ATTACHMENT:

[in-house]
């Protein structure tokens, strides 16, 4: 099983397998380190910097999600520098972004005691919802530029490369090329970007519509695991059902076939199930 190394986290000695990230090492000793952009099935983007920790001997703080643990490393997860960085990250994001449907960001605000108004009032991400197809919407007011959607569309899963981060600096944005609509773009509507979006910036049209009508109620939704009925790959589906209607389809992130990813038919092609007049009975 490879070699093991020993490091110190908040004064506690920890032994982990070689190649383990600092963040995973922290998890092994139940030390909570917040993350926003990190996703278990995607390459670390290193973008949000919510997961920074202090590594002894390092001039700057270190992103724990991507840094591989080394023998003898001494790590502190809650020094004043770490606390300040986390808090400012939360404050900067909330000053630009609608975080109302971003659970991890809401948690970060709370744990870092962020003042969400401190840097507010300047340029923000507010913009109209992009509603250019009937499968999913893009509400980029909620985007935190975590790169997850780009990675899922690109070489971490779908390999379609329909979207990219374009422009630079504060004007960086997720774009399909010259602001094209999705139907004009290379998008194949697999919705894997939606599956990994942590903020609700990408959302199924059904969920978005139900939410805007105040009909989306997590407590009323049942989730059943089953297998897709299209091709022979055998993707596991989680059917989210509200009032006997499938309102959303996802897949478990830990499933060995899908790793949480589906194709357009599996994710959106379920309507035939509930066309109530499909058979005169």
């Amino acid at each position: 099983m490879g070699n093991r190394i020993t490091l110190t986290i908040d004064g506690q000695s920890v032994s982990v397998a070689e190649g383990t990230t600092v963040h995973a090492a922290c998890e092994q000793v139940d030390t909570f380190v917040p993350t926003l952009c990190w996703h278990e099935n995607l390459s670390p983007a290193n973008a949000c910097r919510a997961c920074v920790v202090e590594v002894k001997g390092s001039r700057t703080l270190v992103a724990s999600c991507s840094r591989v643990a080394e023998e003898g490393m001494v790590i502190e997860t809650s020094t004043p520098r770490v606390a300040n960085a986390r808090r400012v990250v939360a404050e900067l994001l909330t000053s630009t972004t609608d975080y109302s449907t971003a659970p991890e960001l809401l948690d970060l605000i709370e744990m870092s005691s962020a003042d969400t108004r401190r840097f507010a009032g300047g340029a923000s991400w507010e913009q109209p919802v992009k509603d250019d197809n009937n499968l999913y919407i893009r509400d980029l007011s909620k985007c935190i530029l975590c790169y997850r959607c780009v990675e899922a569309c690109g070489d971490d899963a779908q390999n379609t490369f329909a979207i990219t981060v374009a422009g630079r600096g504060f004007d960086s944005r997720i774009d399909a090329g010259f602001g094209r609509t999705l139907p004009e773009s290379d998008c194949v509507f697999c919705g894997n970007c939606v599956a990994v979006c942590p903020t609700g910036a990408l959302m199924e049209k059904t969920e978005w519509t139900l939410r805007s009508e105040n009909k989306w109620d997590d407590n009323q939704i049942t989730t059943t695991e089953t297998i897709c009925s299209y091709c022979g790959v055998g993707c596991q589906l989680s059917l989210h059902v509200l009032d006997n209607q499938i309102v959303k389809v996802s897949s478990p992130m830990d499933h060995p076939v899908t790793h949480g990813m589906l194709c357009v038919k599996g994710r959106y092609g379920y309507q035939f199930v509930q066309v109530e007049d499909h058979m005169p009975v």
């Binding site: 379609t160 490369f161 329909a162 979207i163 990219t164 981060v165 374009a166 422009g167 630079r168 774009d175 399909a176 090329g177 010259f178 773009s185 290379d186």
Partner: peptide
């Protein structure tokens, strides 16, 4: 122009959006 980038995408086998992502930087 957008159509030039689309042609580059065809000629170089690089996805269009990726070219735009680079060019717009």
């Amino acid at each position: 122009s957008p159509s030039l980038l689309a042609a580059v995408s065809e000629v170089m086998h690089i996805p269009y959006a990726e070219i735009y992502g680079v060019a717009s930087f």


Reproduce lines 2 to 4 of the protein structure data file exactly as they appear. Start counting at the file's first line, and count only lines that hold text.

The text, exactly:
């Protein structure tokens, strides 16, 4: 099983397998380190910097999600520098972004005691919802530029490369090329970007519509695991059902076939199930 190394986290000695990230090492000793952009099935983007920790001997703080643990490393997860960085990250994001449907960001605000108004009032991400197809919407007011959607569309899963981060600096944005609509773009509507979006910036049209009508109620939704009925790959589906209607389809992130990813038919092609007049009975 490879070699093991020993490091110190908040004064506690920890032994982990070689190649383990600092963040995973922290998890092994139940030390909570917040993350926003990190996703278990995607390459670390290193973008949000919510997961920074202090590594002894390092001039700057270190992103724990991507840094591989080394023998003898001494790590502190809650020094004043770490606390300040986390808090400012939360404050900067909330000053630009609608975080109302971003659970991890809401948690970060709370744990870092962020003042969400401190840097507010300047340029923000507010913009109209992009509603250019009937499968999913893009509400980029909620985007935190975590790169997850780009990675899922690109070489971490779908390999379609329909979207990219374009422009630079504060004007960086997720774009399909010259602001094209999705139907004009290379998008194949697999919705894997939606599956990994942590903020609700990408959302199924059904969920978005139900939410805007105040009909989306997590407590009323049942989730059943089953297998897709299209091709022979055998993707596991989680059917989210509200009032006997499938309102959303996802897949478990830990499933060995899908790793949480589906194709357009599996994710959106379920309507035939509930066309109530499909058979005169």
């Amino acid at each position: 099983m490879g070699n093991r190394i020993t490091l110190t986290i908040d004064g506690q000695s920890v032994s982990v397998a070689e190649g383990t990230t600092v963040h995973a090492a922290c998890e092994q000793v139940d030390t909570f380190v917040p993350t926003l952009c990190w996703h278990e099935n995607l390459s670390p983007a290193n973008a949000c910097r919510a997961c920074v920790v202090e590594v002894k001997g390092s001039r700057t703080l270190v992103a724990s999600c991507s840094r591989v643990a080394e023998e003898g490393m001494v790590i502190e997860t809650s020094t004043p520098r770490v606390a300040n960085a986390r808090r400012v990250v939360a404050e900067l994001l909330t000053s630009t972004t609608d975080y109302s449907t971003a659970p991890e960001l809401l948690d970060l605000i709370e744990m870092s005691s962020a003042d969400t108004r401190r840097f507010a009032g300047g340029a923000s991400w507010e913009q109209p919802v992009k509603d250019d197809n009937n499968l999913y919407i893009r509400d980029l007011s909620k985007c935190i530029l975590c790169y997850r959607c780009v990675e899922a569309c690109g070489d971490d899963a779908q390999n379609t490369f329909a979207i990219t981060v374009a422009g630079r600096g504060f004007d960086s944005r997720i774009d399909a090329g010259f602001g094209r609509t999705l139907p004009e773009s290379d998008c194949v509507f697999c919705g894997n970007c939606v599956a990994v979006c942590p903020t609700g910036a990408l959302m199924e049209k059904t969920e978005w519509t139900l939410r805007s009508e105040n009909k989306w109620d997590d407590n009323q939704i049942t989730t059943t695991e089953t297998i897709c009925s299209y091709c022979g790959v055998g993707c596991q589906l989680s059917l989210h059902v509200l009032d006997n209607q499938i309102v959303k389809v996802s897949s478990p992130m830990d499933h060995p076939v899908t790793h949480g990813m589906l194709c357009v038919k599996g994710r959106y092609g379920y309507q035939f199930v509930q066309v109530e007049d499909h058979m005169p009975v």
């Binding site: 379609t160 490369f161 329909a162 979207i163 990219t164 981060v165 374009a166 422009g167 630079r168 774009d175 399909a176 090329g177 010259f178 773009s185 290379d186």